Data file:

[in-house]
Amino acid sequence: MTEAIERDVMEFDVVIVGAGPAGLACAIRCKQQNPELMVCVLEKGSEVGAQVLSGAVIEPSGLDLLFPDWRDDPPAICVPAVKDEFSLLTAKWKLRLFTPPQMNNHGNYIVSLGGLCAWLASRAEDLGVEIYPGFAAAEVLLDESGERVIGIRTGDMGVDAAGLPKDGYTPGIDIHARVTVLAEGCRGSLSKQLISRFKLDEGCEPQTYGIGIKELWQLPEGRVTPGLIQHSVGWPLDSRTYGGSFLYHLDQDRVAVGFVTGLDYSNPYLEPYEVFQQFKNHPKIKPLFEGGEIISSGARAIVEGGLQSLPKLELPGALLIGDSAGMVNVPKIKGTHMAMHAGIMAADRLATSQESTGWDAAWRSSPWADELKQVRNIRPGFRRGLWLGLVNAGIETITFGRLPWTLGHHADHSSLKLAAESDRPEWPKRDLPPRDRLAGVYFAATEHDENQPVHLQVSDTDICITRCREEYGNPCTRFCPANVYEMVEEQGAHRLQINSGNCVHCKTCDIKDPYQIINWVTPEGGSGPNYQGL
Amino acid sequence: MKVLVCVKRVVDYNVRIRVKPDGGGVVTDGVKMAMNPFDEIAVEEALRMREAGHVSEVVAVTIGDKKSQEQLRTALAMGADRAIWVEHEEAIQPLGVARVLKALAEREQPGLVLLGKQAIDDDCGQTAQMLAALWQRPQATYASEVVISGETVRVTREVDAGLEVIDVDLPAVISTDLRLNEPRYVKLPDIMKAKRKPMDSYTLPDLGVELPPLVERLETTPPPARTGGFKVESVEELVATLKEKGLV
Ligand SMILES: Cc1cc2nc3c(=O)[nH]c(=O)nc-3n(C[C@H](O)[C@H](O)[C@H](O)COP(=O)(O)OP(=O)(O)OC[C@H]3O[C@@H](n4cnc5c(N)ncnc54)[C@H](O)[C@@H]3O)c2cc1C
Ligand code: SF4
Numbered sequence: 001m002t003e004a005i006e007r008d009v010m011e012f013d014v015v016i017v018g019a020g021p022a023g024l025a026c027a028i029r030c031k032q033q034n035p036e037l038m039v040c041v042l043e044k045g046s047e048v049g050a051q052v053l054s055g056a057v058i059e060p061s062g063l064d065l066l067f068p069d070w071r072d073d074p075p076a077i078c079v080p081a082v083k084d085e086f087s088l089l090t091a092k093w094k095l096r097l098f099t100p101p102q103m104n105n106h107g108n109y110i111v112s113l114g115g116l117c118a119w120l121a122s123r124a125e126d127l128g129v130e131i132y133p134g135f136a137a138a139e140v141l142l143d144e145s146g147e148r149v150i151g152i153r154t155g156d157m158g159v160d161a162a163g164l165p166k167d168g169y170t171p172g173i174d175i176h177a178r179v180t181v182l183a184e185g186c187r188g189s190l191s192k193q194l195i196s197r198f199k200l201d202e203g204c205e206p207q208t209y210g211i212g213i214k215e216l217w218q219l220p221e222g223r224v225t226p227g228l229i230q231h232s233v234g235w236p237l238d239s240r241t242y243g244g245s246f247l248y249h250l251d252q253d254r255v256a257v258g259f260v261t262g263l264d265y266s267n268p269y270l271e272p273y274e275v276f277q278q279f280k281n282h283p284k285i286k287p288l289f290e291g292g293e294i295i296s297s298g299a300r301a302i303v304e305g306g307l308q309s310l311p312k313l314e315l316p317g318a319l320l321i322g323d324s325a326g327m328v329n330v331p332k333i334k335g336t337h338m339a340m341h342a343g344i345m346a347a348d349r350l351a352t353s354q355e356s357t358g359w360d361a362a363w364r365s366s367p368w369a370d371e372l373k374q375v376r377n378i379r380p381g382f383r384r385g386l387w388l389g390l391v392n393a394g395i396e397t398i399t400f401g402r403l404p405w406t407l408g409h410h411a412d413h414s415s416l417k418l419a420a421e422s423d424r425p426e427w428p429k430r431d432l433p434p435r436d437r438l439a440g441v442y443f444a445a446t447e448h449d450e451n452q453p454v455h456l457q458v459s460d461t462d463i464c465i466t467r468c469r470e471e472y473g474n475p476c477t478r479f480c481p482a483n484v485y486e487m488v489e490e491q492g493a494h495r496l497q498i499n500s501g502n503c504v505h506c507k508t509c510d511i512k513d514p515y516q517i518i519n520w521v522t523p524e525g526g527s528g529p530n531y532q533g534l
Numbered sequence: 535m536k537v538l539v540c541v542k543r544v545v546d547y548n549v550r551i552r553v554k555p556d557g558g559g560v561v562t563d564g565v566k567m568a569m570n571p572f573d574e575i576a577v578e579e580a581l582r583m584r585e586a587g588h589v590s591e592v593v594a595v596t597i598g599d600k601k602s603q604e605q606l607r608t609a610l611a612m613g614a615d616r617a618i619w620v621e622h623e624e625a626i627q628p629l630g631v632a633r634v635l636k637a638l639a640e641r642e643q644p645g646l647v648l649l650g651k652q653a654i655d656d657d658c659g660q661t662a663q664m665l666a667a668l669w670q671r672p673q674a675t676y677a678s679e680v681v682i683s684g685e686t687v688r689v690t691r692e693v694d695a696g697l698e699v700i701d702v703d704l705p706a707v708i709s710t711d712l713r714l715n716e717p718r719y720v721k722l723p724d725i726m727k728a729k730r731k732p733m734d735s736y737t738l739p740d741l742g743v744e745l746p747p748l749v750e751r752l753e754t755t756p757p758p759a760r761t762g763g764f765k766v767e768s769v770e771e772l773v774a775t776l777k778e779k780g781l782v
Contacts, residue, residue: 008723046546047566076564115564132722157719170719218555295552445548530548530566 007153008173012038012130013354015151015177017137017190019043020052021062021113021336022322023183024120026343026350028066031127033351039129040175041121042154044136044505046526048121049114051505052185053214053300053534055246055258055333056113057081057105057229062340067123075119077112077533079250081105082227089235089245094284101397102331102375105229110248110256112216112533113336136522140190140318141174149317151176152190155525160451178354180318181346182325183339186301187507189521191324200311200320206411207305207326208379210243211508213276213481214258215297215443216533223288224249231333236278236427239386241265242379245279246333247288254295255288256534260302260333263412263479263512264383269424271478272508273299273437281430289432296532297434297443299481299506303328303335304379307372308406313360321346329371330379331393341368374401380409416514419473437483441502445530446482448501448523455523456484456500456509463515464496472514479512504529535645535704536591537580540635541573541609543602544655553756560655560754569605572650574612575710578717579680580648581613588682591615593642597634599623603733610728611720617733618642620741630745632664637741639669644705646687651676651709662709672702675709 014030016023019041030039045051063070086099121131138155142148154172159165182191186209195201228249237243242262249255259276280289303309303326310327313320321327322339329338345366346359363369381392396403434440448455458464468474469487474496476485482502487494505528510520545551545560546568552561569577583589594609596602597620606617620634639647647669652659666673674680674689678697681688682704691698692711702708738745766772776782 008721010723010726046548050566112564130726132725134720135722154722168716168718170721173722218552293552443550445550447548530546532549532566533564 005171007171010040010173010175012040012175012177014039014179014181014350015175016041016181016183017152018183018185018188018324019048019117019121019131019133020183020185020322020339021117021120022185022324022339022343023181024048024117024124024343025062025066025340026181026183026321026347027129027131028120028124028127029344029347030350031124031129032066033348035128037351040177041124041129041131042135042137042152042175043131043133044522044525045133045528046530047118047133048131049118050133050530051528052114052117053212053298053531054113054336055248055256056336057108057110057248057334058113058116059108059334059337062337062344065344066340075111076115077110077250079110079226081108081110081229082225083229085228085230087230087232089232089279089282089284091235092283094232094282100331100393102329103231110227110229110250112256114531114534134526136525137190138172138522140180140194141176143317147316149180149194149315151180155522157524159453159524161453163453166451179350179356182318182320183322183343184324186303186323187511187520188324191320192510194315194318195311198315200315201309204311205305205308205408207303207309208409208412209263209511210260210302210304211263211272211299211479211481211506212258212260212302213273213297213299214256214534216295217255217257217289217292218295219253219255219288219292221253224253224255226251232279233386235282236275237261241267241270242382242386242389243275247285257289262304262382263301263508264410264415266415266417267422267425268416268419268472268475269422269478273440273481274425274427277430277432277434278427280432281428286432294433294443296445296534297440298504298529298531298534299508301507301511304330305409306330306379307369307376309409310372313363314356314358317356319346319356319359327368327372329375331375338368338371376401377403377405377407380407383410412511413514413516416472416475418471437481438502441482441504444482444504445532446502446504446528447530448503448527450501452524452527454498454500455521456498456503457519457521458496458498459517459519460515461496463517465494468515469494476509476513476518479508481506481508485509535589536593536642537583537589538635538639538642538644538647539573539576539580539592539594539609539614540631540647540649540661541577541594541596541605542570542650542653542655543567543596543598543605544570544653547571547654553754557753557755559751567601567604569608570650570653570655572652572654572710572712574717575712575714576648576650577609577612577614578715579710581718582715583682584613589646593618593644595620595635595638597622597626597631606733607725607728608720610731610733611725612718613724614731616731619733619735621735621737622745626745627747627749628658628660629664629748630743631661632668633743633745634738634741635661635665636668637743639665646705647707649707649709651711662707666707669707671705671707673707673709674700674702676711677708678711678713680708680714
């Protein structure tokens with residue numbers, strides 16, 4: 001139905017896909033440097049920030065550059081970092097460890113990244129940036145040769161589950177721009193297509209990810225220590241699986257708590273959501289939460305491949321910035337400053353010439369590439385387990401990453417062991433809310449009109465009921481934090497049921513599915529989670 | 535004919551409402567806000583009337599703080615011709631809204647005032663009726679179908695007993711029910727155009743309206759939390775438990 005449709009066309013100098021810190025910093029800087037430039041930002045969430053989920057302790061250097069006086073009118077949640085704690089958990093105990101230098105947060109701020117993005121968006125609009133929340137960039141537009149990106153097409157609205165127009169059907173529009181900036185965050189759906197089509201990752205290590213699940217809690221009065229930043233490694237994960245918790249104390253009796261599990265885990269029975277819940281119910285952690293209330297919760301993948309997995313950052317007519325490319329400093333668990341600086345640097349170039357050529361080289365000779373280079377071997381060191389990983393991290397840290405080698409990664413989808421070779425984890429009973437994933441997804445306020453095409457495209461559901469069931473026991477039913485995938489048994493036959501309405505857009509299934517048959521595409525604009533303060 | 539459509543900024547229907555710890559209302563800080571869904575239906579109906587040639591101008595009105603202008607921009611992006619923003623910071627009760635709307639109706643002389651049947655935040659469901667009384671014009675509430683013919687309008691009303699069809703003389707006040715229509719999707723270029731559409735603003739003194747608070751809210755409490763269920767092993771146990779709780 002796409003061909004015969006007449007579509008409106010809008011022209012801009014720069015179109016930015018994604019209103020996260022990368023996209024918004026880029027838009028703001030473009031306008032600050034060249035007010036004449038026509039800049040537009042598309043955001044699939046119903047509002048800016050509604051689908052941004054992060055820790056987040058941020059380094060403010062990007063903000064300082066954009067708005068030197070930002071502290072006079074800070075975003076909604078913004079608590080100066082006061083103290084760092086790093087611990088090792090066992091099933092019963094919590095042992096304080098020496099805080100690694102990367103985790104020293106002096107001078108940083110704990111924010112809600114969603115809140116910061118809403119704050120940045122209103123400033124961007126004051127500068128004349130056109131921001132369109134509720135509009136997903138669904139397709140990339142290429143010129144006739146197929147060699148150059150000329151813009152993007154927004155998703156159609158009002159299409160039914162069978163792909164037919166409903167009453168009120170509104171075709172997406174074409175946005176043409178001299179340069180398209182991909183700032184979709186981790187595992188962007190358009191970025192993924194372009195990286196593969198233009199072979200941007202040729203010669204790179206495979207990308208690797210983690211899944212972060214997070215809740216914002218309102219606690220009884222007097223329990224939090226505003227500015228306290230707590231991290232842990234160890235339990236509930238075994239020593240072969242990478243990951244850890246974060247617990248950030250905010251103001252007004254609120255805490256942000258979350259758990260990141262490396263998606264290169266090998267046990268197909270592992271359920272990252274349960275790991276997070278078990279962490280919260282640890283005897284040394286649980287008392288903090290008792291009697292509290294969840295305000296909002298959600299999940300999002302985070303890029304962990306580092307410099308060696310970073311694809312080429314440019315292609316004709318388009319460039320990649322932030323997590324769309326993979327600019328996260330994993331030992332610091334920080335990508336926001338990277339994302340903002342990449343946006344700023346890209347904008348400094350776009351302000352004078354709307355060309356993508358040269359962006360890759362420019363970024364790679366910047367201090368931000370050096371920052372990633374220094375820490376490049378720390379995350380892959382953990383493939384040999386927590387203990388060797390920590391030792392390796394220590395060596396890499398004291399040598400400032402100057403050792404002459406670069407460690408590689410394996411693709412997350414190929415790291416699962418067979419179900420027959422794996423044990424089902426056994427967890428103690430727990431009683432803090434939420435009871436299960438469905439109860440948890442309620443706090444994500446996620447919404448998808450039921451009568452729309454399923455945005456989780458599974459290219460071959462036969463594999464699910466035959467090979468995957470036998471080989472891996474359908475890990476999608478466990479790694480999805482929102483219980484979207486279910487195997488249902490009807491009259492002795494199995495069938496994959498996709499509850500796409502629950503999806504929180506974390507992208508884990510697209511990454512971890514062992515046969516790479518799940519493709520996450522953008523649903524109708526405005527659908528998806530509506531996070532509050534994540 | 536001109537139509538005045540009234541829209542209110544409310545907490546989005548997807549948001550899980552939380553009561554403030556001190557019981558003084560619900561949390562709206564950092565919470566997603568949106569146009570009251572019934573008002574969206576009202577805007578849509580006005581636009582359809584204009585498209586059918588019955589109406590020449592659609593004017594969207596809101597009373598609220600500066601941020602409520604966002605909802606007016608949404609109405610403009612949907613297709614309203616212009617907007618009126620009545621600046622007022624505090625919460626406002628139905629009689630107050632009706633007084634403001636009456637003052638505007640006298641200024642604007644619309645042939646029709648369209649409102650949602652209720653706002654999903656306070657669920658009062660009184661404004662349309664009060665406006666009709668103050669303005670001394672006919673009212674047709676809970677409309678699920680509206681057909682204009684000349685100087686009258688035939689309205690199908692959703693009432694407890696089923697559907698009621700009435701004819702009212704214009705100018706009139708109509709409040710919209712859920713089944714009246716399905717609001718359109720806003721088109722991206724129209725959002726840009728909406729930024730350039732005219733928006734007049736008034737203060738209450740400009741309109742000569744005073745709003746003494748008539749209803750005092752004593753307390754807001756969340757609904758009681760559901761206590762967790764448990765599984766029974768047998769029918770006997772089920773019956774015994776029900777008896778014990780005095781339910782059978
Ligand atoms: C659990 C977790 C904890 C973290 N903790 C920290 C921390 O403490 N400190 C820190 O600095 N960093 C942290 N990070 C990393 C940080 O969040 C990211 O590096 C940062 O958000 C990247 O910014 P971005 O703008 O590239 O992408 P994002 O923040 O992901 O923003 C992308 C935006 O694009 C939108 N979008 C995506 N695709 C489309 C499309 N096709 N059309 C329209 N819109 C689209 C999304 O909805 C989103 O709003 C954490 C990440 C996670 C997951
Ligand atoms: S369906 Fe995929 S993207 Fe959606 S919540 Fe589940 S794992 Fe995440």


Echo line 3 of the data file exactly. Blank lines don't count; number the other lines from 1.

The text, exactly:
Amino acid sequence: MKVLVCVKRVVDYNVRIRVKPDGGGVVTDGVKMAMNPFDEIAVEEALRMREAGHVSEVVAVTIGDKKSQEQLRTALAMGADRAIWVEHEEAIQPLGVARVLKALAEREQPGLVLLGKQAIDDDCGQTAQMLAALWQRPQATYASEVVISGETVRVTREVDAGLEVIDVDLPAVISTDLRLNEPRYVKLPDIMKAKRKPMDSYTLPDLGVELPPLVERLETTPPPARTGGFKVESVEELVATLKEKGLV